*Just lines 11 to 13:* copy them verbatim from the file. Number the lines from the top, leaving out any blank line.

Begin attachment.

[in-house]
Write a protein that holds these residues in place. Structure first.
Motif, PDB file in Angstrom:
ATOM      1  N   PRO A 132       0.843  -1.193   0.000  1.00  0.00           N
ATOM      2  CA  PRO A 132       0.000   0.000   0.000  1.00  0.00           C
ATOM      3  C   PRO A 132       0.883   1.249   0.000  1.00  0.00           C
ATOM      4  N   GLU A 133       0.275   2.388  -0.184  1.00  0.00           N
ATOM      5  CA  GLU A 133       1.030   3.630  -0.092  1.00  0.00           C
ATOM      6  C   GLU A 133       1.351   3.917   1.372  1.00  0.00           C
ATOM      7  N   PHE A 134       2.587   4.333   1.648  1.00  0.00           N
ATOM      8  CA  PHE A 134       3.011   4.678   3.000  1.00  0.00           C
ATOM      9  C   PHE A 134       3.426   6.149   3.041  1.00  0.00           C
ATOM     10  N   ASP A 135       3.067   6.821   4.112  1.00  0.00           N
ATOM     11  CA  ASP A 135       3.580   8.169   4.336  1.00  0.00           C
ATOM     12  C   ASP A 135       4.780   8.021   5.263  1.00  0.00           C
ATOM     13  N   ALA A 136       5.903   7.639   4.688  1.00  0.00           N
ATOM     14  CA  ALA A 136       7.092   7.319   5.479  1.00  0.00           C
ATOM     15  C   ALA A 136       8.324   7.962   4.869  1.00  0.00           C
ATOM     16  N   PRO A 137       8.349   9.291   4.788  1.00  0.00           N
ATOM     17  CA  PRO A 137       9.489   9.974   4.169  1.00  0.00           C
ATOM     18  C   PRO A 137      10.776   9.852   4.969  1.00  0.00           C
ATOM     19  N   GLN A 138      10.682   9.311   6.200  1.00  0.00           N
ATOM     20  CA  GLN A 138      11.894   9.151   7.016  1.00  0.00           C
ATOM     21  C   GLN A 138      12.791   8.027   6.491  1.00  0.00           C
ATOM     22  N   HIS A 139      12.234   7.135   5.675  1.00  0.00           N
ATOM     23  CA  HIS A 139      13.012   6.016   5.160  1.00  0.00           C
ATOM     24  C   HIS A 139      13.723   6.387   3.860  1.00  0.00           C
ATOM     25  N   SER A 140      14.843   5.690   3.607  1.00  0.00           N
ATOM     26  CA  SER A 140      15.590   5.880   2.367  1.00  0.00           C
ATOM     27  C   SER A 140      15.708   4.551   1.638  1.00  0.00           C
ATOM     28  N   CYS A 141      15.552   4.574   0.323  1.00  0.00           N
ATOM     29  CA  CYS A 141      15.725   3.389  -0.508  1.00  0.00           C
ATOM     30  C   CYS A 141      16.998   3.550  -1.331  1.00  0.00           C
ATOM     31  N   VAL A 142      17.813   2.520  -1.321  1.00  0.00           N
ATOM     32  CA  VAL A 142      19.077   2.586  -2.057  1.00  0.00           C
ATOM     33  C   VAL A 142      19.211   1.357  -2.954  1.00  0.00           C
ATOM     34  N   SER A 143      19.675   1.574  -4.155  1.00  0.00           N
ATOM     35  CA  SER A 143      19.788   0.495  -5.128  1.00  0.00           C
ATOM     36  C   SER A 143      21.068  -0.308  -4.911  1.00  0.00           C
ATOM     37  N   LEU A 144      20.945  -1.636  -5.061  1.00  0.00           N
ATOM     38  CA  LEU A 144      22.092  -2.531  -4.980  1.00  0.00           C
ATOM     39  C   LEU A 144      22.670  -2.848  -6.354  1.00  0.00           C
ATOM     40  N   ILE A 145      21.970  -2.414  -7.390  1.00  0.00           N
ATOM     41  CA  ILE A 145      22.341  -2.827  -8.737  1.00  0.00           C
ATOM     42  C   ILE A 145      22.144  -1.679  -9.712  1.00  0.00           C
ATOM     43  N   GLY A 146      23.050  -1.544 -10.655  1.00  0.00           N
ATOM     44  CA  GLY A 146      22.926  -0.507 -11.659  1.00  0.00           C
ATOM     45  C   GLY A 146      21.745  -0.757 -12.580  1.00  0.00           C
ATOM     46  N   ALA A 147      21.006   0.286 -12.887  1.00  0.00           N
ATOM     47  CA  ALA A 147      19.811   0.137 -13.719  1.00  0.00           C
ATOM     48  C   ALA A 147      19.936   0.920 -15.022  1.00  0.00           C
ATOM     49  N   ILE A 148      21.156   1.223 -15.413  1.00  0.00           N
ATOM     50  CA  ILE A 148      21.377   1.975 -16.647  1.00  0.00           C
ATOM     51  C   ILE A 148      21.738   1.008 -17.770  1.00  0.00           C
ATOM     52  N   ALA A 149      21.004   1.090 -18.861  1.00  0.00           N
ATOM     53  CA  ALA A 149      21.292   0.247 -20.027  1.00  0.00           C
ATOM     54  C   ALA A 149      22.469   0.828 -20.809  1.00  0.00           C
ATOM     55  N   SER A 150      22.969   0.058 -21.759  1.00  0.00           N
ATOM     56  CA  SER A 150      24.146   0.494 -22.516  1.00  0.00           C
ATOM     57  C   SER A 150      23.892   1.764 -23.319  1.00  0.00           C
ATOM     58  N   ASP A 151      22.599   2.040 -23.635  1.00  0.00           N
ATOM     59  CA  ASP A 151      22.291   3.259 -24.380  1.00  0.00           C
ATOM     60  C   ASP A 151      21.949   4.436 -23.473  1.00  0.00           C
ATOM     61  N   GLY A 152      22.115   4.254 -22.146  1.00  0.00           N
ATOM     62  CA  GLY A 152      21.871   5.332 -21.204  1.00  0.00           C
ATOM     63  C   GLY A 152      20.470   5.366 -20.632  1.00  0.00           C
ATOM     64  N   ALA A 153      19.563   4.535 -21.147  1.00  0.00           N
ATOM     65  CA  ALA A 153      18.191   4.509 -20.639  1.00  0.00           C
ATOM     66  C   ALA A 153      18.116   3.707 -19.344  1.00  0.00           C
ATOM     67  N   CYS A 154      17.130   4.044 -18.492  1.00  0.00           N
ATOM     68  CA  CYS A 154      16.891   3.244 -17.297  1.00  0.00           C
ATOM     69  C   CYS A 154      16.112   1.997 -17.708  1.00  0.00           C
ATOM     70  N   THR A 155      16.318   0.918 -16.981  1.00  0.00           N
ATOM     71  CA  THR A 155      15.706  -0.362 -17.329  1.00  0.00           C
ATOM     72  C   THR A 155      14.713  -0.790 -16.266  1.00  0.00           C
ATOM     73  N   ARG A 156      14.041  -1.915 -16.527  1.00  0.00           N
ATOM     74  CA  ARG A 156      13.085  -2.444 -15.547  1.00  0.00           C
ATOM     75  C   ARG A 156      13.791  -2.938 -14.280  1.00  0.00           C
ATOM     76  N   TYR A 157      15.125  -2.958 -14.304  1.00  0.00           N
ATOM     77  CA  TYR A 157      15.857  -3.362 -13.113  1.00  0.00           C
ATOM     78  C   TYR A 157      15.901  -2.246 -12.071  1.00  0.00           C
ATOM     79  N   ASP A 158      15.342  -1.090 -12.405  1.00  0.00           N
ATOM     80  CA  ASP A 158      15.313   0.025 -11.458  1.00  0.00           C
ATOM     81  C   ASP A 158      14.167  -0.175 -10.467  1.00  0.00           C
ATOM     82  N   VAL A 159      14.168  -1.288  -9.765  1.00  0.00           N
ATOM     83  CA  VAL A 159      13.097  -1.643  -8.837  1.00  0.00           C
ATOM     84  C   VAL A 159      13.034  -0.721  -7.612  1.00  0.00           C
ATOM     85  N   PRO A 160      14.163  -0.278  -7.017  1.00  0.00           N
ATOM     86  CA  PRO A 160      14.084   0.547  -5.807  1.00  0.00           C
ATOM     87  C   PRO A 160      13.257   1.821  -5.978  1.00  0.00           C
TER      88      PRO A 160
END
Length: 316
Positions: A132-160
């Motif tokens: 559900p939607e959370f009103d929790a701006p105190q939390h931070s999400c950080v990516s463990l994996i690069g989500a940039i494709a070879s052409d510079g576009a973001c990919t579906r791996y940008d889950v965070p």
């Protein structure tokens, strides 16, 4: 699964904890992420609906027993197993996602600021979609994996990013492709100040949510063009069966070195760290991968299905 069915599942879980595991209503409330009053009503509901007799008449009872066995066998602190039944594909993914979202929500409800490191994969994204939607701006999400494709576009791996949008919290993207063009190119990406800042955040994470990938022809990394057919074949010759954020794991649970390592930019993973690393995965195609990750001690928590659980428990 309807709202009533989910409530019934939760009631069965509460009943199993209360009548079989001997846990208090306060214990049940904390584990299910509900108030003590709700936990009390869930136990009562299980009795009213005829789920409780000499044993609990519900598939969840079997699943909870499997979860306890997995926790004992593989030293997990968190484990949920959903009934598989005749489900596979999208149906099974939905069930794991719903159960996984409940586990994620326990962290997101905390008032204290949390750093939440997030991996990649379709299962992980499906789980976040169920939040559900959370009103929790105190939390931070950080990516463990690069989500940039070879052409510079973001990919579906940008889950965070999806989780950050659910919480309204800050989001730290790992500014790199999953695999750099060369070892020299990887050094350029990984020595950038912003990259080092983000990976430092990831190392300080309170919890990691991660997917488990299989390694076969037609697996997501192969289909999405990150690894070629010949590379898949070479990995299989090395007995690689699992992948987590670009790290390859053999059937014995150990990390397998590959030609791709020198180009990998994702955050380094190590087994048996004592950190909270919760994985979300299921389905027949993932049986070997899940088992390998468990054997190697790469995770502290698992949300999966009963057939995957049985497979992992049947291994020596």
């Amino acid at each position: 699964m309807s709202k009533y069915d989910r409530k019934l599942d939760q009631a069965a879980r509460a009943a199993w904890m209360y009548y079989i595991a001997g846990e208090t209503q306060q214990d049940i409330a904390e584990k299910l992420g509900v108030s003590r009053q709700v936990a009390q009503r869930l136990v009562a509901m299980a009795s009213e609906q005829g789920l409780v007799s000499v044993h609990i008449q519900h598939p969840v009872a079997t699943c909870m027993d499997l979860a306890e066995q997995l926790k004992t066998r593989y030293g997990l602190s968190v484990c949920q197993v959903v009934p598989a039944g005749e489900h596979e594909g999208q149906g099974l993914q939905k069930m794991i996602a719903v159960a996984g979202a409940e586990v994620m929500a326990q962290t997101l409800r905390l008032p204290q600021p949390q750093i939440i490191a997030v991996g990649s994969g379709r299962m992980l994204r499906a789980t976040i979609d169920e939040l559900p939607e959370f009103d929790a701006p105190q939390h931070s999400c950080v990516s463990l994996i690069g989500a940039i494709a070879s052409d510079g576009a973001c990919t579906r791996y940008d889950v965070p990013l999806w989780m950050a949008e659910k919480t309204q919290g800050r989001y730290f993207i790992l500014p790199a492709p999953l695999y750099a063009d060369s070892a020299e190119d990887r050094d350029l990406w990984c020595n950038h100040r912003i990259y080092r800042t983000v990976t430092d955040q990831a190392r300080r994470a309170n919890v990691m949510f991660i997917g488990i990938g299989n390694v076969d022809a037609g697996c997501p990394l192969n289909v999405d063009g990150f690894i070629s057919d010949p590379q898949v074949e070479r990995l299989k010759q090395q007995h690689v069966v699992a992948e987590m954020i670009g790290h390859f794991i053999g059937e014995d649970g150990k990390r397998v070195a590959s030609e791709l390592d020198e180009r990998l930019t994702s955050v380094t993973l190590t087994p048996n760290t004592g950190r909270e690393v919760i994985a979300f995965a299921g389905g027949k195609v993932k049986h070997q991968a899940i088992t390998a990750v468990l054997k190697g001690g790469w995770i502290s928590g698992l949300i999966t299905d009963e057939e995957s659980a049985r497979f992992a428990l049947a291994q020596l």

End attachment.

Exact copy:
ATOM      8  CA  PHE A 134       3.011   4.678   3.000  1.00  0.00           C
ATOM      9  C   PHE A 134       3.426   6.149   3.041  1.00  0.00           C
ATOM     10  N   ASP A 135       3.067   6.821   4.112  1.00  0.00           N